Saturday, March 31, 2007

Pg. 99: "The Foreign Correspondent"

The current feature at the Page 99 Test: Alan Furst's The Foreign Correspondent.

About the book, from the publisher:
From Alan Furst, whom The New York Times calls “America’s preeminent spy novelist,” comes an epic story of romantic love, love of country, and love of freedom – the story of a secret war fought in elegant hotel bars and first-class railway cars, in the mountains of Spain and the backstreets of Berlin. It is an inspiring, thrilling saga of everyday people forced by their hearts’ passion to fight in the war against tyranny.

By 1938, hundreds of Italian intellectuals, lawyers and journalists, university professors and scientists had escaped Mussolini’s fascist government and taken refuge in Paris. There, amid the struggles of émigré life, they founded an Italian resistance, with an underground press that smuggled news and encouragement back to Italy. Fighting fascism with typewriters, they produced 512 clandestine newspapers. The Foreign Correspondent is their story.

Paris, a winter night in 1938: a murder/suicide at a discreet lovers’ hotel. But this is no romantic traged – it is the work of the OVRA, Mussolini’s fascist secret police, and is meant to eliminate the editor of Liberazione, a clandestine émigré newspaper. Carlo Weisz, who has fled from Trieste and secured a job as a foreign correspondent with the Reuters bureau, becomes the new editor. Weisz is, at that moment, in Spain, reporting on the last campaign of the Spanish civil war. But as soon as he returns to Paris, he is pursued by the French Sûreté, by agents of the OVRA, and by officers of the British Secret Intelligence Service. In the desperate politics of Europe on the edge of war, a foreign correspondent is a pawn, worth surveillance, or blackmail, or murder.

The Foreign Correspondent is the story of Carlo Weisz and a handful of antifascists: the army officer known as “Colonel Ferrara,” who fights for a lost cause in Spain; Arturo Salamone, the shrewd leader of a resistance group in Paris; and Christa von Schirren, the woman who becomes the love of Weisz’s life, herself involved in a doomed resistance underground in Berlin.

The Foreign Correspondent is Alan Furst at his absolute best – taut and powerful, enigmatic and romantic, with sharp, seductive writing that takes the reader through darkness and intrigue to a spectacular denouement.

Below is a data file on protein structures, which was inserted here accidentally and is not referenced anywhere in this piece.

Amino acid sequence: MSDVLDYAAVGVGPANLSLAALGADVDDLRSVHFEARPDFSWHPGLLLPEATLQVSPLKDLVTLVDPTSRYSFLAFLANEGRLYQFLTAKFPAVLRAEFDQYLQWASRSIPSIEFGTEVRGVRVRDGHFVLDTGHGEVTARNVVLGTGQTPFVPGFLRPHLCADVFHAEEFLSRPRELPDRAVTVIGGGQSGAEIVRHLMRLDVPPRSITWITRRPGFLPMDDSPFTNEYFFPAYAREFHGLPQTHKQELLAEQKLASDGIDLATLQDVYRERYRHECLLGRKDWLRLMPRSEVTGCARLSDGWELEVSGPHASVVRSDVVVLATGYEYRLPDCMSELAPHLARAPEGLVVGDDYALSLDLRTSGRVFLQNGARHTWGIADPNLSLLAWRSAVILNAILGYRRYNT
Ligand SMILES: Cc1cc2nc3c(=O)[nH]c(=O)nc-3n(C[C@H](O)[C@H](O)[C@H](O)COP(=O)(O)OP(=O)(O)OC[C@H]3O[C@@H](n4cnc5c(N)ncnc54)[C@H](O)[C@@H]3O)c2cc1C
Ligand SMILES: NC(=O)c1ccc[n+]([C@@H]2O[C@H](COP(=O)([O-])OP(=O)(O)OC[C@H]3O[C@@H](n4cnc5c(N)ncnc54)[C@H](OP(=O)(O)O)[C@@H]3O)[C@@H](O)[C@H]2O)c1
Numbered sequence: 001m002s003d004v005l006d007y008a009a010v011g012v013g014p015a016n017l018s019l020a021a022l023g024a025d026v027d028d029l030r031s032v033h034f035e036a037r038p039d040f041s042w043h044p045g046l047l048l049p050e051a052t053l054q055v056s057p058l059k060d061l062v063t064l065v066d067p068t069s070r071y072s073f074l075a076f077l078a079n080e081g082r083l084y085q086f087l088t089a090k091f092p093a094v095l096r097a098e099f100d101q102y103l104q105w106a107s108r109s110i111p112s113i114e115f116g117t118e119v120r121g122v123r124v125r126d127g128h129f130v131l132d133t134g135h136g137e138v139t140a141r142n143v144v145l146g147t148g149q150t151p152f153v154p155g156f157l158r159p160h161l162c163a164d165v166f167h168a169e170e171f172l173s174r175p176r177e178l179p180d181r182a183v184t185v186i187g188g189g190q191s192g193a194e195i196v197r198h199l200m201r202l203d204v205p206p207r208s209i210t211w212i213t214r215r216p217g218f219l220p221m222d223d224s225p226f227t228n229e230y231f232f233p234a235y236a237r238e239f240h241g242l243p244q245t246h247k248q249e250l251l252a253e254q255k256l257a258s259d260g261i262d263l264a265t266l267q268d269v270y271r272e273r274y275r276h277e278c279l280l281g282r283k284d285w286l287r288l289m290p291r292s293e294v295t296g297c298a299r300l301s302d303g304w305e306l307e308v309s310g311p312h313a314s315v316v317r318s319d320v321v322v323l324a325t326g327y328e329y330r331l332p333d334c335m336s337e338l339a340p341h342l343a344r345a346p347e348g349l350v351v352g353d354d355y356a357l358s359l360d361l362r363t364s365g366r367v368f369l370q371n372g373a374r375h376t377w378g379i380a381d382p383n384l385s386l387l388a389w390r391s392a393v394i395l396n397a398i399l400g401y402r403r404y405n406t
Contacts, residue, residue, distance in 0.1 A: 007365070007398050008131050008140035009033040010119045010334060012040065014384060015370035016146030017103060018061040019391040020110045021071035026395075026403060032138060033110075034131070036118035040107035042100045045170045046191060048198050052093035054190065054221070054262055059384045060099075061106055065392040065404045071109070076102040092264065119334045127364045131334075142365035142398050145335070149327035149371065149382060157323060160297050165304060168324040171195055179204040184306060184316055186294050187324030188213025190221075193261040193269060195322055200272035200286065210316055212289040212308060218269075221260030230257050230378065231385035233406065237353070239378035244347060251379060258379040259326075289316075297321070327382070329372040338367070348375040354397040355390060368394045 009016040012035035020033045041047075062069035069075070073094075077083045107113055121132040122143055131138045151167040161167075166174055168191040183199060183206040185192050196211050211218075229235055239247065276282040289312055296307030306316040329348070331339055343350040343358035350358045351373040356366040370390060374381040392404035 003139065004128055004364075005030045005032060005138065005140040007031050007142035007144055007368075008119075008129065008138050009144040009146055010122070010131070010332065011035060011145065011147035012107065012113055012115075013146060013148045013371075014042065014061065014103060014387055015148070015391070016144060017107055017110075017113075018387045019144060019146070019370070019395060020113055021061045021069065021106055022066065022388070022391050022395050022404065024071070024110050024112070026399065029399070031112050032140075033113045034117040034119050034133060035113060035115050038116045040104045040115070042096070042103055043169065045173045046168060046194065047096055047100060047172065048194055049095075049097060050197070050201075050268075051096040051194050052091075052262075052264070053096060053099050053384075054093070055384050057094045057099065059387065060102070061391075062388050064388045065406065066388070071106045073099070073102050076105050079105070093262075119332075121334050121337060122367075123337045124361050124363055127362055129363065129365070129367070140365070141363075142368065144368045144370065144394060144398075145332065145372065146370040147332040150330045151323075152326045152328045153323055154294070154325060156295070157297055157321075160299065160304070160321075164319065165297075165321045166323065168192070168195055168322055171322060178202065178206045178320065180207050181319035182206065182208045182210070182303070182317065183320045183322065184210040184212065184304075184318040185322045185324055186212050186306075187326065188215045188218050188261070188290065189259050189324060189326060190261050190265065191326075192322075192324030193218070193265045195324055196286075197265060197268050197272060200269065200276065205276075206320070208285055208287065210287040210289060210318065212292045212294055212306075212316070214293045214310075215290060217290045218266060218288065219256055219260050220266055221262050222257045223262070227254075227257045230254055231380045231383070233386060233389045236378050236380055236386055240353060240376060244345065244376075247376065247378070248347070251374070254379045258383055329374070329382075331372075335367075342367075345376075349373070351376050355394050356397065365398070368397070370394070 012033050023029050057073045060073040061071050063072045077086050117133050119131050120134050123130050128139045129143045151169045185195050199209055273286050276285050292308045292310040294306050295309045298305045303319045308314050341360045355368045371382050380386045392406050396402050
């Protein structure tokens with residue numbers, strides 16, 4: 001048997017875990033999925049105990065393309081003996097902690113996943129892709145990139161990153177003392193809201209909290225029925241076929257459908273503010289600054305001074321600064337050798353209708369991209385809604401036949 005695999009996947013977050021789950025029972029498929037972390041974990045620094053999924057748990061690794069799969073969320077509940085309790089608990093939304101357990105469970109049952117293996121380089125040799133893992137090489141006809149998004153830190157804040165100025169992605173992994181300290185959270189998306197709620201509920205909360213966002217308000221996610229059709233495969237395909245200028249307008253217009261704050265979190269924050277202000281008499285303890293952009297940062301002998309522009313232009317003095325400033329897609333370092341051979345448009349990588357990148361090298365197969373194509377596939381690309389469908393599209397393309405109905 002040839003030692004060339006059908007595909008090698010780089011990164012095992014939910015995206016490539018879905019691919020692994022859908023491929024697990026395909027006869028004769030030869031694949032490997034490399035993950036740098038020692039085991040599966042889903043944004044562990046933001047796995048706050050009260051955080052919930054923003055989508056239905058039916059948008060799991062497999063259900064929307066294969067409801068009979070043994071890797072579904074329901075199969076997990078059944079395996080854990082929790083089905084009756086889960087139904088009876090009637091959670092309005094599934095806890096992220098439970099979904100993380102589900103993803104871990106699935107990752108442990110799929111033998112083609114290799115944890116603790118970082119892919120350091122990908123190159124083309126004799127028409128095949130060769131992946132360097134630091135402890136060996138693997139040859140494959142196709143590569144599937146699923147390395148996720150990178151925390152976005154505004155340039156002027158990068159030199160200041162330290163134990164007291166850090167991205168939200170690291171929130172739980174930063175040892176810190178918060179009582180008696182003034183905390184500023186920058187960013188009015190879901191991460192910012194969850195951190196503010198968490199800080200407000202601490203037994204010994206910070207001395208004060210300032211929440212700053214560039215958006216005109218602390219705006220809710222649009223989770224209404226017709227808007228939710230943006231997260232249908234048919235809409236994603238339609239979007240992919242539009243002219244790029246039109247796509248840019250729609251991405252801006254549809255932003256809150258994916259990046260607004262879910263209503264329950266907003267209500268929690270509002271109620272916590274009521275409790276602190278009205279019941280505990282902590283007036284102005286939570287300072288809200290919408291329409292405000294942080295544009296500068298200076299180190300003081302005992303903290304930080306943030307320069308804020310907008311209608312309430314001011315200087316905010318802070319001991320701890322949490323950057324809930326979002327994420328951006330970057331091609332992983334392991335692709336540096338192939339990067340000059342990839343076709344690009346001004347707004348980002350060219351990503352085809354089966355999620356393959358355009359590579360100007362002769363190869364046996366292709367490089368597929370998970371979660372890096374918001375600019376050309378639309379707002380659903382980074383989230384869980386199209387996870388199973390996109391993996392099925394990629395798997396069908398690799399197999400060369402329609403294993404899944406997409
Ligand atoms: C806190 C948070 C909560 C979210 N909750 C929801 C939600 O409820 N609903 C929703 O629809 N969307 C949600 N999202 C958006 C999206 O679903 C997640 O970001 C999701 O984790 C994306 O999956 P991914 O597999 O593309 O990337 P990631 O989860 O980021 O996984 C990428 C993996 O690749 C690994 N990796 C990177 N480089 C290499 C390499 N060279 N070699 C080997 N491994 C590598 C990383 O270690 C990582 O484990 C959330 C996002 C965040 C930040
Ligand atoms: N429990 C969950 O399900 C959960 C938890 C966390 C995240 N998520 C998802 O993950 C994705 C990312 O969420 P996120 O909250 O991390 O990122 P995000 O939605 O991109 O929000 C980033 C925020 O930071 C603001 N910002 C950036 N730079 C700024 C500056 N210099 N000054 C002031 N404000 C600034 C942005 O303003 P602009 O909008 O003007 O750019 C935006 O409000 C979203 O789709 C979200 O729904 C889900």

Among the reviews of the novel:
Paris, 1939. When we heard that dateline, we used to think of Rick, Ilsa, and Sam, tinkling "As Time Goes By" in the background. Now we think of Alan Furst. His latest expatriate in Paris is a journalist, Carlo Weisz, half Italian and half Slav, working as a foreign correspondent for Reuters and finding himself drawn into the steadily more dangerous activities of the Italian Resistance. What makes Furst's world so utterly seductive is the tantalizing sliver of time he writes about: not World War II but the period just prior to its beginning in earnest, when secret agents of every stripe were huddled in Paris, and cynical individualists were facing the realization that even they stood to be trapped in the coming crossfire. But they weren't trapped quite yet, and despite the storm clouds, romance still hung in the night air: Weisz, for example, was "living on the diet imagined by every dreamer who ever went to Paris: bread, cheese, and wine" -- and women, who were "a classic, and effective, addition to the diet." But politics was part of the diet, too, roughage of a kind, and gradually Weisz moves from writing the occasional antifascist article for a Resistance newspaper to taking a more active role, spurred by his desire to help his lover, living in Berlin, escape the Nazis. Furst fans will delight in identifying the various characters from earlier novels who make cameos here, but that's only a pleasant aperitif, like greeting old friends at your favorite restaurant. The real pleasure is the meal itself, and Furst serves another delicious helping of Paris suspended in a brief moment of time when everyone waited for something to happen, good or bad: "Il faut en fenir" (There must be an end to this). Fortunately, for Furst readers, not quite yet.
--Bill Ott, Booklist, starred review
Visit Alan Furst's website and read an excerpt from The Foreign Correspondent.

The Page 99 Test: The Foreign Correspondent.

--Marshal Zeringue